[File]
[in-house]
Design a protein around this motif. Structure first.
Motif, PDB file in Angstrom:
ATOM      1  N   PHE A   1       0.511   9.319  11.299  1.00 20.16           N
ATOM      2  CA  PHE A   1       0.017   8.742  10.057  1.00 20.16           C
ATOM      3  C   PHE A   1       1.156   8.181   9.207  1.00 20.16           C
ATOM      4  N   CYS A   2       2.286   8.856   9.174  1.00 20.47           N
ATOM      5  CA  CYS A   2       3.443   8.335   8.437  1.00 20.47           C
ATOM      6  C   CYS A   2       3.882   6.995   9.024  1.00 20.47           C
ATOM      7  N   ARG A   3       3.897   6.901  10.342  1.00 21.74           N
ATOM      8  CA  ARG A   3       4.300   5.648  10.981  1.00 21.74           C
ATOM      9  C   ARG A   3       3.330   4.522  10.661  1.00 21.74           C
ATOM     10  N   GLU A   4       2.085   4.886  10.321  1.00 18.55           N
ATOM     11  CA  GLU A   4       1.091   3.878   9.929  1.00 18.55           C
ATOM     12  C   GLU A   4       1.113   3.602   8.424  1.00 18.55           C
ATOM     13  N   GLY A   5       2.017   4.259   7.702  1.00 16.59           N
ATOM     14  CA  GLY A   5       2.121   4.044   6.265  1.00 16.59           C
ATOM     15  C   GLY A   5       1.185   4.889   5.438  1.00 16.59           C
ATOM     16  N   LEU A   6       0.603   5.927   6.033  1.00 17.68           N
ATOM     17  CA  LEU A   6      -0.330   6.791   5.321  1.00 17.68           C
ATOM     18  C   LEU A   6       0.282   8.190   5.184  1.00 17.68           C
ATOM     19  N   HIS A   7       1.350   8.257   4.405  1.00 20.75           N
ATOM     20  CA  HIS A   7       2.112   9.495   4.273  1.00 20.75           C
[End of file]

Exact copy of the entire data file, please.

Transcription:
[in-house]
Design a protein around this motif. Structure first.
Motif, PDB file in Angstrom:
ATOM      1  N   PHE A   1       0.511   9.319  11.299  1.00 20.16           N
ATOM      2  CA  PHE A   1       0.017   8.742  10.057  1.00 20.16           C
ATOM      3  C   PHE A   1       1.156   8.181   9.207  1.00 20.16           C
ATOM      4  N   CYS A   2       2.286   8.856   9.174  1.00 20.47           N
ATOM      5  CA  CYS A   2       3.443   8.335   8.437  1.00 20.47           C
ATOM      6  C   CYS A   2       3.882   6.995   9.024  1.00 20.47           C
ATOM      7  N   ARG A   3       3.897   6.901  10.342  1.00 21.74           N
ATOM      8  CA  ARG A   3       4.300   5.648  10.981  1.00 21.74           C
ATOM      9  C   ARG A   3       3.330   4.522  10.661  1.00 21.74           C
ATOM     10  N   GLU A   4       2.085   4.886  10.321  1.00 18.55           N
ATOM     11  CA  GLU A   4       1.091   3.878   9.929  1.00 18.55           C
ATOM     12  C   GLU A   4       1.113   3.602   8.424  1.00 18.55           C
ATOM     13  N   GLY A   5       2.017   4.259   7.702  1.00 16.59           N
ATOM     14  CA  GLY A   5       2.121   4.044   6.265  1.00 16.59           C
ATOM     15  C   GLY A   5       1.185   4.889   5.438  1.00 16.59           C
ATOM     16  N   LEU A   6       0.603   5.927   6.033  1.00 17.68           N
ATOM     17  CA  LEU A   6      -0.330   6.791   5.321  1.00 17.68           C
ATOM     18  C   LEU A   6       0.282   8.190   5.184  1.00 17.68           C
ATOM     19  N   HIS A   7       1.350   8.257   4.405  1.00 20.75           N
ATOM     20  CA  HIS A   7       2.112   9.495   4.273  1.00 20.75           C